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By Simon Falush
LONDON, Sept 6 (Reuters) - The yen slipped versus the dollar and euro on Thursday and high yielders strengthened as investors became slightly more comfortable with risky positions ahead of an interest rate decision from the European Central Bank.
Investors have moved back into riskier positions after gains in Asian equities and a higher open on Europe's bourses.
"Investors are a bit more upbeat as Asian and European stocks firmed meaning that the low yielding yen is under more pressure," said Kamal Sharma, currency strategist at Bank of America. "Investors seem to be more comfortable with risk, for now."
Eyes are now turning to the European Central Bank's interest rate decision. Expectations of a rate hike from the ECB have diminished since a credit market squeeze that has forced the bank to inject liquidity into the banking system. Most analysts now expect rates to be kept on hold at 4 percent.
Investors will look to post-meeting remarks from ECB President Jean-Claude Trichet for further clues on the outlook for rates and how the bank will deal with the ongoing credit market problems.
"The focus will be on the press conference with people looking to see whether it's likely that the central bank is done hiking altogether," said Daragh Maher, senior currency strategist at Calyon."
At 0804 GMT, the dollar was up 0.15 percent to 115.36 yen <JPY=>. It was steady against the euro at $1.3648 <EUR=>.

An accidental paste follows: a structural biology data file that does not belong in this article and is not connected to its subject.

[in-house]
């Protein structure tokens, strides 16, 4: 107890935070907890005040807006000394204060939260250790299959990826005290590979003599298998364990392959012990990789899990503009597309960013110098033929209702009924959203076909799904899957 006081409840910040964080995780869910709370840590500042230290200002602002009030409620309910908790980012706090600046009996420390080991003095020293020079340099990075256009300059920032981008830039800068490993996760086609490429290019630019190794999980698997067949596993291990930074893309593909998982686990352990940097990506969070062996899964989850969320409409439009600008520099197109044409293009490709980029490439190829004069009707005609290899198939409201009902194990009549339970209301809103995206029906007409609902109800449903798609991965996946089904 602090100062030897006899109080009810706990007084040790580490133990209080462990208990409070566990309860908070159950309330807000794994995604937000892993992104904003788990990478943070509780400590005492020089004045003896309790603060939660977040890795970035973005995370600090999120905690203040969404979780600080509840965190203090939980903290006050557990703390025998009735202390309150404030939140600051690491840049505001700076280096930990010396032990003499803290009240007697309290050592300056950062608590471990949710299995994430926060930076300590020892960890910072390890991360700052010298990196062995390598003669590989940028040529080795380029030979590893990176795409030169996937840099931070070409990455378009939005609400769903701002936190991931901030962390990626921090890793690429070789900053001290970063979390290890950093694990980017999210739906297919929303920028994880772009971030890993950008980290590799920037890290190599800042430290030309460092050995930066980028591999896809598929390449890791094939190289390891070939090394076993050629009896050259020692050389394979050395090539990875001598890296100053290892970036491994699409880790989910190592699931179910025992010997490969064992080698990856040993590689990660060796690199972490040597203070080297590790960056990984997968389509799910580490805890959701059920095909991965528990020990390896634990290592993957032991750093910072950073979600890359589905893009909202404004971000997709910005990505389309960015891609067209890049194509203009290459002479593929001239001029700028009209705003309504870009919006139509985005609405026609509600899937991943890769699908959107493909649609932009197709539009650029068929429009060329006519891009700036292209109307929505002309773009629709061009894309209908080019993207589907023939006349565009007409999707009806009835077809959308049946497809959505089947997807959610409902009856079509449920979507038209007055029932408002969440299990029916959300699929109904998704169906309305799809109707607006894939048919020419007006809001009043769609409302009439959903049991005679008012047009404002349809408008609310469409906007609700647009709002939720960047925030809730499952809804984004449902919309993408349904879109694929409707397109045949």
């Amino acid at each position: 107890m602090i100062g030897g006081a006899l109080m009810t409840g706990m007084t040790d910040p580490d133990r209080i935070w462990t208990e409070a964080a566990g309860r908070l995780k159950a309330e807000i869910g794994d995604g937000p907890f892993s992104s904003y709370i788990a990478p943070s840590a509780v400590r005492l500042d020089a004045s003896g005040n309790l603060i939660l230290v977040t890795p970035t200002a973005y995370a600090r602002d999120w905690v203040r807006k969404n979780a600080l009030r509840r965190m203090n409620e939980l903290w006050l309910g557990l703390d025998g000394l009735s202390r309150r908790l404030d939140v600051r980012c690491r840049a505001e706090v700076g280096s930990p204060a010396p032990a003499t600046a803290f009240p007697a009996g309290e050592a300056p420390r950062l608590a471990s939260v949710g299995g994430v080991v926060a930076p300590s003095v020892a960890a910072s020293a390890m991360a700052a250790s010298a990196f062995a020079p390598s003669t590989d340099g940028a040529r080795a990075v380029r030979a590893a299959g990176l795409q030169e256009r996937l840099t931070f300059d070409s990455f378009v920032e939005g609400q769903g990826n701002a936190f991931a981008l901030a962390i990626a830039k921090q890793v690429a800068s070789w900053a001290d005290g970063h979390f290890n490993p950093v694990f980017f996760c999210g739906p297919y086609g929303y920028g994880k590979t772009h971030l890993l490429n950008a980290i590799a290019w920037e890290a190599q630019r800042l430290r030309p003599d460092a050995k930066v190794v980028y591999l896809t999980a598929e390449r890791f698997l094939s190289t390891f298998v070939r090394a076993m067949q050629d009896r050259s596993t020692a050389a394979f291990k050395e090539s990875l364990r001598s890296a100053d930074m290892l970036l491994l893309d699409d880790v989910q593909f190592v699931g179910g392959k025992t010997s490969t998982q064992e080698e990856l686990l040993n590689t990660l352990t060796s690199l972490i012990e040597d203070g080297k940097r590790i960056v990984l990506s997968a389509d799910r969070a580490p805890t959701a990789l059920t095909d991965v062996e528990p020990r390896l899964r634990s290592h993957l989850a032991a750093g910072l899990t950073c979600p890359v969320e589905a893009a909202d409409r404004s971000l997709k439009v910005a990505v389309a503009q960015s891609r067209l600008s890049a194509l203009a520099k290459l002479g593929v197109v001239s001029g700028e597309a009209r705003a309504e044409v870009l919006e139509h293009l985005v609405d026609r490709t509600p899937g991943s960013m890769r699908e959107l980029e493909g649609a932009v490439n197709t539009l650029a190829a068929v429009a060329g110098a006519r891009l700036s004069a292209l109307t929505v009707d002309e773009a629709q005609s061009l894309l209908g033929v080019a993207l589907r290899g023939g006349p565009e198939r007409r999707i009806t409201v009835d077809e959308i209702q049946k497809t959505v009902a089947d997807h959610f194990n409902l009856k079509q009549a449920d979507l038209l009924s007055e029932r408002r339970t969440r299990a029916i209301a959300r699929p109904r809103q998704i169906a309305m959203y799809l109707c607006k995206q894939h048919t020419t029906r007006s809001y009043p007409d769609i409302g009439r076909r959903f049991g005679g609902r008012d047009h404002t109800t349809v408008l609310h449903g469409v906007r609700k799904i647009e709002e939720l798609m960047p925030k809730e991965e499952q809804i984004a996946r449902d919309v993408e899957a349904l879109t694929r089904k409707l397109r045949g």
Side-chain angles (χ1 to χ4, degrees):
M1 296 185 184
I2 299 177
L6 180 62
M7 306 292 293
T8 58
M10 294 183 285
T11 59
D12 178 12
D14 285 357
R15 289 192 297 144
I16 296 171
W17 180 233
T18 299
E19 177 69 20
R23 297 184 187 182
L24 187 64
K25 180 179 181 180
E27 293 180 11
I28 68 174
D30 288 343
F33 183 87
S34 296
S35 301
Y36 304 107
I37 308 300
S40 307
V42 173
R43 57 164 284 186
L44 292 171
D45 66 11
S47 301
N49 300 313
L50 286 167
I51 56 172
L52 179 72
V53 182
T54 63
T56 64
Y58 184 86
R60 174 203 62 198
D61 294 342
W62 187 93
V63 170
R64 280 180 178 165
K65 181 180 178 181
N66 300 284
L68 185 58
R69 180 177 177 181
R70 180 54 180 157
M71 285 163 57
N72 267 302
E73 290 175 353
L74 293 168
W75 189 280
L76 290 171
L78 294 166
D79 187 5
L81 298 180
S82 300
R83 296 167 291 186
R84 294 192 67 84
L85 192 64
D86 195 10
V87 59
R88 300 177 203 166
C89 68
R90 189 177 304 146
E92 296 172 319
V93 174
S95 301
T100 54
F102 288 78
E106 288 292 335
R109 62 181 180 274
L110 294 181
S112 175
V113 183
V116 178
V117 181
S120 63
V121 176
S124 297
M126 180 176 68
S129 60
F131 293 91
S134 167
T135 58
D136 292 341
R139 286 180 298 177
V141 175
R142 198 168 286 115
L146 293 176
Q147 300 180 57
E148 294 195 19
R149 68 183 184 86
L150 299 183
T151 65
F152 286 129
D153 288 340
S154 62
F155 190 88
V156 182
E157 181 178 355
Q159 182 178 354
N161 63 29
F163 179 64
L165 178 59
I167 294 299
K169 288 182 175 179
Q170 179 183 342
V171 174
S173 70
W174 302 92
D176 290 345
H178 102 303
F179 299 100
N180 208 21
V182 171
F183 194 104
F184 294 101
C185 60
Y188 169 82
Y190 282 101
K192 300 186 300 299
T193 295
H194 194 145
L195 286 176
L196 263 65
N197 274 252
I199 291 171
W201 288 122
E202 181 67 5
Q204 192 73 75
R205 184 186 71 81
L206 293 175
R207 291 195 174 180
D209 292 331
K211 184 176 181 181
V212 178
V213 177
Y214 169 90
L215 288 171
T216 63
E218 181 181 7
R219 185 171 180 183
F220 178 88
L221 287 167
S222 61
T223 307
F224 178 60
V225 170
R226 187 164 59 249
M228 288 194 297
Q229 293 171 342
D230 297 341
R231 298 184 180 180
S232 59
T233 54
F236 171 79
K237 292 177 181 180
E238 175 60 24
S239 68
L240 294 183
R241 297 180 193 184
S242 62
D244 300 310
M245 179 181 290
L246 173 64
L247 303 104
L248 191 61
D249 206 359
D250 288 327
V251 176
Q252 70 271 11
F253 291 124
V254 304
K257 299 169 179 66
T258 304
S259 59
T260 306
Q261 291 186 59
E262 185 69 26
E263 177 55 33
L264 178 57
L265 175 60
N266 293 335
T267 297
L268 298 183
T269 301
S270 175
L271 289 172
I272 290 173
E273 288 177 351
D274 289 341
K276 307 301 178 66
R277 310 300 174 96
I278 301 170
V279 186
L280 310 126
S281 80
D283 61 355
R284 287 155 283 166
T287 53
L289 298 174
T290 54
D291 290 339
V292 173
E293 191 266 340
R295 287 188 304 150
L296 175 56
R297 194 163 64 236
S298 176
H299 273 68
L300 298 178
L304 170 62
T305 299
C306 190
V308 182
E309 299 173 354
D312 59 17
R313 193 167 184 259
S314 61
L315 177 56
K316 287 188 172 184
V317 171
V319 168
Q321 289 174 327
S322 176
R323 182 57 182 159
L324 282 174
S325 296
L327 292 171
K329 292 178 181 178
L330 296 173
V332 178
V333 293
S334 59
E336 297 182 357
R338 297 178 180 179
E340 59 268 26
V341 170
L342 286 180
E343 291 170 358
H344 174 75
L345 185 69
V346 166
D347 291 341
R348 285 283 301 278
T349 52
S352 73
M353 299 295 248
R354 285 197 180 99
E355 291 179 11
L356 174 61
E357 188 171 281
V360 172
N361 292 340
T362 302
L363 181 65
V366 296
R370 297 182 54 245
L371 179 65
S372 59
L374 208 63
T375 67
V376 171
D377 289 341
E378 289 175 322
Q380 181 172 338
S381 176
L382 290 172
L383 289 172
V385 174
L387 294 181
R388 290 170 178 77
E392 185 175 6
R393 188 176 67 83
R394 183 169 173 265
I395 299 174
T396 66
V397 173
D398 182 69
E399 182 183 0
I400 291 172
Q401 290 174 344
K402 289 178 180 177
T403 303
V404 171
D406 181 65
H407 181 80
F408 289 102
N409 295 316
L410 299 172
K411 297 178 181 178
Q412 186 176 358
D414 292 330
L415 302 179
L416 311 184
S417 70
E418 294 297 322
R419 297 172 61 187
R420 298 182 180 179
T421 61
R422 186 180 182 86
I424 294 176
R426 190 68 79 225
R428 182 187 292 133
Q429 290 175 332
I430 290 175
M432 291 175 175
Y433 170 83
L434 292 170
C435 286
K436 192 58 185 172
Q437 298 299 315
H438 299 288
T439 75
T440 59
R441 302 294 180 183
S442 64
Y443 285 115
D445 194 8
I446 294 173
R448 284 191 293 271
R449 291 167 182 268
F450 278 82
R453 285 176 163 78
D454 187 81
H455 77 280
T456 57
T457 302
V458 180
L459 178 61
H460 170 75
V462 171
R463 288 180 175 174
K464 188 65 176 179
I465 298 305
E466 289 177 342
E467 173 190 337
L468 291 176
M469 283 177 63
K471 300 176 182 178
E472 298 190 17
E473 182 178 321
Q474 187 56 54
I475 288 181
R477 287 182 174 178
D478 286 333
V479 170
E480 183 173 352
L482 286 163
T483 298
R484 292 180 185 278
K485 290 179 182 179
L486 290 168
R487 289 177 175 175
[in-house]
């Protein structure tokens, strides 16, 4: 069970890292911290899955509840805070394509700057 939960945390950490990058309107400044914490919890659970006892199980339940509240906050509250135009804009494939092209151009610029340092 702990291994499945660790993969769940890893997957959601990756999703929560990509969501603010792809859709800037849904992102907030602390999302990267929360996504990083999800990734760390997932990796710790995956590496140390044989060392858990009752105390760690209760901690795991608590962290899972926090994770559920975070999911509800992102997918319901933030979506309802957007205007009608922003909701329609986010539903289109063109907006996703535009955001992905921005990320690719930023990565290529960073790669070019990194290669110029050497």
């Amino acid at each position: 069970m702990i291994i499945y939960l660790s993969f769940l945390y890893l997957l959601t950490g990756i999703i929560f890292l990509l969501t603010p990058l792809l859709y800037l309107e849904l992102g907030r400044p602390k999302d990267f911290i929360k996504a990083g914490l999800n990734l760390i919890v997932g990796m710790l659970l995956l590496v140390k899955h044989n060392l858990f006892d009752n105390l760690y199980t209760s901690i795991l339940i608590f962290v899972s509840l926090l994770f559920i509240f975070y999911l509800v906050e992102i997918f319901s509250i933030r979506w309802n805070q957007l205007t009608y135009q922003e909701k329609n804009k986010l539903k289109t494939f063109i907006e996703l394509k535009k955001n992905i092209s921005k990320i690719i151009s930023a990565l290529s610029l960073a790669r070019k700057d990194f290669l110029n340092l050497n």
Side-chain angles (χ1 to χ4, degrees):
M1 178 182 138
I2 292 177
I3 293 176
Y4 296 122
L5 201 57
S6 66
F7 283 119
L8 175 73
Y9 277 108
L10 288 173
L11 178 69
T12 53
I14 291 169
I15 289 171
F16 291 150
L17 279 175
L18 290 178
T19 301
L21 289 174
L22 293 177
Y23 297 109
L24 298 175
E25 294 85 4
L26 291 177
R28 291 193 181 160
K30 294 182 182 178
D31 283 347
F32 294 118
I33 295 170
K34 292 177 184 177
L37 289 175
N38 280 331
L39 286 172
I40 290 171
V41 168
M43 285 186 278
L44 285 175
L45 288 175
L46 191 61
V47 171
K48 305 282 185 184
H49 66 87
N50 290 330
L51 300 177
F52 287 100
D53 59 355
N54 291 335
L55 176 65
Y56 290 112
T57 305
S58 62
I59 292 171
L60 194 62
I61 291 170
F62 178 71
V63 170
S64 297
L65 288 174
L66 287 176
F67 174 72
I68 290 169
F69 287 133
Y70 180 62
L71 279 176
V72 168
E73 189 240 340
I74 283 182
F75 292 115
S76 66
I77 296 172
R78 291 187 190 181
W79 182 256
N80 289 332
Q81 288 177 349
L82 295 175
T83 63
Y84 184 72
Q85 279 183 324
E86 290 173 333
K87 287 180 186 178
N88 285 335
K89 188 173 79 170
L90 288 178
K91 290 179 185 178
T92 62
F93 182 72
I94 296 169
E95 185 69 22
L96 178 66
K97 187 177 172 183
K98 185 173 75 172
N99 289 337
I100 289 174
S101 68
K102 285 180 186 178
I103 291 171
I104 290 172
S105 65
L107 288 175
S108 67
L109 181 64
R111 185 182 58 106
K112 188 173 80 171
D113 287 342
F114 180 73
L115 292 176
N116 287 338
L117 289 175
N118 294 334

The New Zealand dollar was up 0.7 percent to US$0.6912 <NZD=> and the pound, which has the highest interest rates in the Group of Seven industrialised nations, hit a 3-1/2 week high at $2.0254 <GBP=>.
Analysts expect the Bank of England to leave interest rates on hold at 5.75 percent on Thursday.
The reluctance of global banks to lend to each other, partly due to worries about potential exposure to asset-backed commercial paper facilities and U.S. subprime mortgages, has stirred expectations for the Federal Reserve to cut rates.
The ECB on Thursday added temporary funds to the money market in its first emergency liquidity injection in more than three weeks.
CENTRAL BANK MEASURES
The Australian dollar rose 0.4 percent to US$0.8249 <AUD=> after a report showed employers added 31,900 jobs and the unemployment rate held at a 33-year low. [ID:nSYD14710]
Earlier Australia's central bank widened the assets that can be used in its money market operations, helping cool a spike in money market yields. [ID:nSYD59852]
The move came a day after the Bank of England raised its reserves target as major central banks struggle to relieve the interbank lending strains.
The dollar took a hit on Wednesday after data showing a sharp plunge in pending home sales in July.
The latest data underscoring the housing market crisis further boosted expectations for the Fed to cut its benchmark federal funds rate by a hefty 50 basis points to 4.75 percent later this month, with a 25 basis point cut already priced in.
The Fed has already pumped extra funds into the banking system and cut its discount rate for direct lending to financial institutions to help relieve the money market squeeze.
Despite the measures taken by the Fed and others, interbank deposit rates such as LIBOR (LIBOR: Quote, Profile, Research) for one month and three months remain much higher than usual compared with the overnight policy rates targeted by central banks.
Investors will also look to a number of speeches U.S. policy makers including Federal Reserve Bank of St. Louis President William Poole for guidance on the health of the U.S. economy.
"If the majority of them sound optimistic about the economy and are more concerned about inflation, the market may be disappointed and weak equity markets may support the yen," said Citi in a note to clients.